Borrower’s burden will reduce following RBI’s decision to slash the rate at which it lends to banks from the earlier 6.50 per cent to 6.25 per cent.
The RBI, in a highly anticipated move, in its statement tried to answer the question whether the rate-cut will rekindle the fire in the kilns of Indian businesses and send more materials-carrying trucks to sites where projects were under-construction and choked because of supply-necessities.
The Monetary Policy Committee (MPC) of the RBI, which sat for its first monetary policy statement release on October 06, had the price-rise levels marked at 5 per cent (which it hopes to achieve by Q4, 2016-2017) and, for the medium-term, at 4 per cent allowing for an increase or decrease of 2 percent, before it opened the tap to fill the economy with cash after a strict Inflation-led policy regime of the previous governer, Raghuram Rajan.
The RBI ‘notes that the sharp drop in inflation reflects a downward shift in the momentum of food inflation – which holds the key to future inflation outcomes’.
The retail inflation that had an uptake, driven by food inflation, between April and July, fell sharply in August. Further, moderate levels of fuel prices, and also the prices of those goods and services excluding non-food and non-fuel that hovered around 5 per cent, added to the reasoning that cheered for a rate-cut.
Although, input costs in the manufacturing sector gave an indication of shooting up, ‘the presence of considerable slack has restrained their transmission into corporate pricing power,’ according to the statement.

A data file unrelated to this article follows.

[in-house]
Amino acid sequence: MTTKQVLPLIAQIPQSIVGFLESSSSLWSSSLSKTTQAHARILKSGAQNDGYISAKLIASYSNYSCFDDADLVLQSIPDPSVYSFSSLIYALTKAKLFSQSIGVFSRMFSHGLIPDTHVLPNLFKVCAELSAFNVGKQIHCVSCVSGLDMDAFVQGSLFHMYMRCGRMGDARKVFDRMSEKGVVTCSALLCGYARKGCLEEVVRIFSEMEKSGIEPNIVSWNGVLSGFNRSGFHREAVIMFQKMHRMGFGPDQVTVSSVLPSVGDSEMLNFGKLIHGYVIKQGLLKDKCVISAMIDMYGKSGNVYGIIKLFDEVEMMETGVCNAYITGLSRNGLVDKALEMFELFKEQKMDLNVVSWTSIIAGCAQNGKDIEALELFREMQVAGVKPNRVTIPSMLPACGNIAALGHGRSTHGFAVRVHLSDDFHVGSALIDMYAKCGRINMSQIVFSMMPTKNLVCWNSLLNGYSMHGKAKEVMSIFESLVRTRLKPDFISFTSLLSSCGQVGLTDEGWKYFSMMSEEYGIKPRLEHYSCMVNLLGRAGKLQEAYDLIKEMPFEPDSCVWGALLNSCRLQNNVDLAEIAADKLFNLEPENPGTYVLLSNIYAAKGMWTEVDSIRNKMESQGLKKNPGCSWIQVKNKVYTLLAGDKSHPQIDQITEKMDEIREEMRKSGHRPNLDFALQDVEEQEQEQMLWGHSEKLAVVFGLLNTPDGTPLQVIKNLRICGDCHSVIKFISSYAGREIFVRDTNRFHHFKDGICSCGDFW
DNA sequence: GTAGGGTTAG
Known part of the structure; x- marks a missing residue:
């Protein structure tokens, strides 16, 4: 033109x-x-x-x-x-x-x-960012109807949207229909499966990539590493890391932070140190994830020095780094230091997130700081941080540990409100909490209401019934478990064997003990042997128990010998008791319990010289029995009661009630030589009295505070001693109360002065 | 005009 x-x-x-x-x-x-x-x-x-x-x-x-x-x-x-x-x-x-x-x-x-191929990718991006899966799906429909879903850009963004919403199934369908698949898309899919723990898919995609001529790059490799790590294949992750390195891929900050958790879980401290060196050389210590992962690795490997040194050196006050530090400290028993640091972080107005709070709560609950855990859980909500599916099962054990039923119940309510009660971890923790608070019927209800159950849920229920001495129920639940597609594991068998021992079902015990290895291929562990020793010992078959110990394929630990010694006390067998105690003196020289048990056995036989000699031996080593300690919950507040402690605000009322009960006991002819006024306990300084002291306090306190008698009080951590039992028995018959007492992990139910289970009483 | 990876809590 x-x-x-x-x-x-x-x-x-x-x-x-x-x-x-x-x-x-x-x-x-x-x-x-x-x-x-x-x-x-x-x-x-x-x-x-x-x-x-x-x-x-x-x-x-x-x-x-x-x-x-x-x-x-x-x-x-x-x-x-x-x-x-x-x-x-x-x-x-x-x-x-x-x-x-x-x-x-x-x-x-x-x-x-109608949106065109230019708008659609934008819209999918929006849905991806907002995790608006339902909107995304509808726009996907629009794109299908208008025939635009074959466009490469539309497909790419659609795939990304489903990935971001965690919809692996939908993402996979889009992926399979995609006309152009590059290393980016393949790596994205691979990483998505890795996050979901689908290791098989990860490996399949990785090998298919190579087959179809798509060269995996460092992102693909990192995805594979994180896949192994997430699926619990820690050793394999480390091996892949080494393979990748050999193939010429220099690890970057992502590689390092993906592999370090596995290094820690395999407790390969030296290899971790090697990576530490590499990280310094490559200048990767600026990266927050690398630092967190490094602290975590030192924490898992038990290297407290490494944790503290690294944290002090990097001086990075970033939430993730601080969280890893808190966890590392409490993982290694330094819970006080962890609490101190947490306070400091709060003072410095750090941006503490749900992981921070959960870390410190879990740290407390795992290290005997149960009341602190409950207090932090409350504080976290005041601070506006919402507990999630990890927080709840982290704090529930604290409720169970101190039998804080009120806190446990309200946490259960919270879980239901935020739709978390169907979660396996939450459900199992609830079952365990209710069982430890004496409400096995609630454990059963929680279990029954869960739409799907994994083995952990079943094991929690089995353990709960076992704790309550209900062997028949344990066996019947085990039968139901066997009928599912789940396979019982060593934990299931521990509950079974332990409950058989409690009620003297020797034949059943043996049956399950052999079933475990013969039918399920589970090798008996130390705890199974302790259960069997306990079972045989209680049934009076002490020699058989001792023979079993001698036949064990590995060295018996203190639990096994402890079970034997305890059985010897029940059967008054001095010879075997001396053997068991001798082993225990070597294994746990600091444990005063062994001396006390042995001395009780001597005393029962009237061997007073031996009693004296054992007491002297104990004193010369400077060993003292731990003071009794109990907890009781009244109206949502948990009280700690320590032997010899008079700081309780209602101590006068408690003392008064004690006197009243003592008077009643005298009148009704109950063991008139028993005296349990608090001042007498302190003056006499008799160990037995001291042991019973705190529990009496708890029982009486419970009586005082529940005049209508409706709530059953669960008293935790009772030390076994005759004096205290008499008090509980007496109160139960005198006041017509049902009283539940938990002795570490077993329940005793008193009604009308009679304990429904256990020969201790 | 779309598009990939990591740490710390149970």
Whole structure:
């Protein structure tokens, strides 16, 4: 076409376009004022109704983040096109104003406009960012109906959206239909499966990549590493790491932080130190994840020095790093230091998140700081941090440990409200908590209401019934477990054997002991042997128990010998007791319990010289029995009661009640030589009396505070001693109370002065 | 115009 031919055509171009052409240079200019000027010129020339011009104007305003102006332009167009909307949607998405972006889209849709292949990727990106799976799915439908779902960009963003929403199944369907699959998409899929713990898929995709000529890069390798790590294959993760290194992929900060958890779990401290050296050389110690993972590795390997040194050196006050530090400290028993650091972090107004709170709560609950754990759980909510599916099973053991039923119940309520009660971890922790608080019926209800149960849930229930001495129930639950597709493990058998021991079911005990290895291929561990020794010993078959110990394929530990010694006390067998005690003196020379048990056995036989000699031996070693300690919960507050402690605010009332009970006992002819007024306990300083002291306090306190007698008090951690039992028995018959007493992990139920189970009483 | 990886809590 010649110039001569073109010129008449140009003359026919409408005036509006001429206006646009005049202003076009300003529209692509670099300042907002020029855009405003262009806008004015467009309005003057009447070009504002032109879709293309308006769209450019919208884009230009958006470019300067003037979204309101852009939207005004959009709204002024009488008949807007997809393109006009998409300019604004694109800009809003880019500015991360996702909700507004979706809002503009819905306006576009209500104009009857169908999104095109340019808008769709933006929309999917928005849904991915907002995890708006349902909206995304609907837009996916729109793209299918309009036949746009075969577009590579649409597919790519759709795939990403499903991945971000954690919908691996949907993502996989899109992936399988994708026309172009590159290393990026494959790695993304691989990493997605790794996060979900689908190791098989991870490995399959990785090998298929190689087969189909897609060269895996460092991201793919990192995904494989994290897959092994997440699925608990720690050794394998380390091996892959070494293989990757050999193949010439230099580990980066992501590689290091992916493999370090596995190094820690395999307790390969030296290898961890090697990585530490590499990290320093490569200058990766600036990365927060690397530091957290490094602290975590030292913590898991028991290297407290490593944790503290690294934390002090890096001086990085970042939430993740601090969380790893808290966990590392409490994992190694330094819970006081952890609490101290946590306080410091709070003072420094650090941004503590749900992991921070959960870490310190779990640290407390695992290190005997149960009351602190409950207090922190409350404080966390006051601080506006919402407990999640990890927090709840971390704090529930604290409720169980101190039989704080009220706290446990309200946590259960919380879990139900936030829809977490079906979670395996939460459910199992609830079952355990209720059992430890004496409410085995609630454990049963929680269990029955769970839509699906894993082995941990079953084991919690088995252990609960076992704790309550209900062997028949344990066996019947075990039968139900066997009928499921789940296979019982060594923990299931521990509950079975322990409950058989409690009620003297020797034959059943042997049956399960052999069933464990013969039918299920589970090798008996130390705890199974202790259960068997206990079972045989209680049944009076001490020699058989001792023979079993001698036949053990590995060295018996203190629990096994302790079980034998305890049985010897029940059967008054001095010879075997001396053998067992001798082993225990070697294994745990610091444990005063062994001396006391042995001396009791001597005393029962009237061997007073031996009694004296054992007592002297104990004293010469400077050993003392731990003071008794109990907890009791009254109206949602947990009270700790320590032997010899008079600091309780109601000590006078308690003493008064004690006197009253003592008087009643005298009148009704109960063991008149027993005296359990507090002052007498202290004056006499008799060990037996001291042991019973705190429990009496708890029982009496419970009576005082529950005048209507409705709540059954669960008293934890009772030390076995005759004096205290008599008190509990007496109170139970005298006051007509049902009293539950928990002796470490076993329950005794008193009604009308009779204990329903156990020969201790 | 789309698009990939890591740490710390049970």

The Monetary Policy Committee in its outlook on the next steps the economy will take expects the momentum to quicken following a good season of monsoon. Rural and urban spending is anticipated to be the other piston of the forecasted growth. The 7th Pay Commission’s award is said to whirr up urban consumption. The Indian industry’s machines are predicted to whiz ahead with the thrust given by ‘strong public investment in roads, railways and inland waterways, and recent efforts to unclog cash flows in large projects under arbitration.’
According to the Reserve Bank’s inflation expectations survey of households, people see prices rising in the coming months.
Although slowing global growth and investment, increasing financial market risks, brightening domestic agricultural scene, and easing inflation gave the MPC to cut rate, it believes that ‘the accommodative stance of monetary policy and comfortable liquidity conditions should support a revival of credit to the productive sectors.’
The RBI spelt a pre-caution that the cost-push pressures, resulting from the 7th pay commission hand out and the rise in lending and spending will need vigilance to prevent a cost spiral rising up and up. The Committee, through its juggling, hopes to stick to a Consumer Price Index (CPI) inflation trajectory that would land at 5 per cent by March 2017.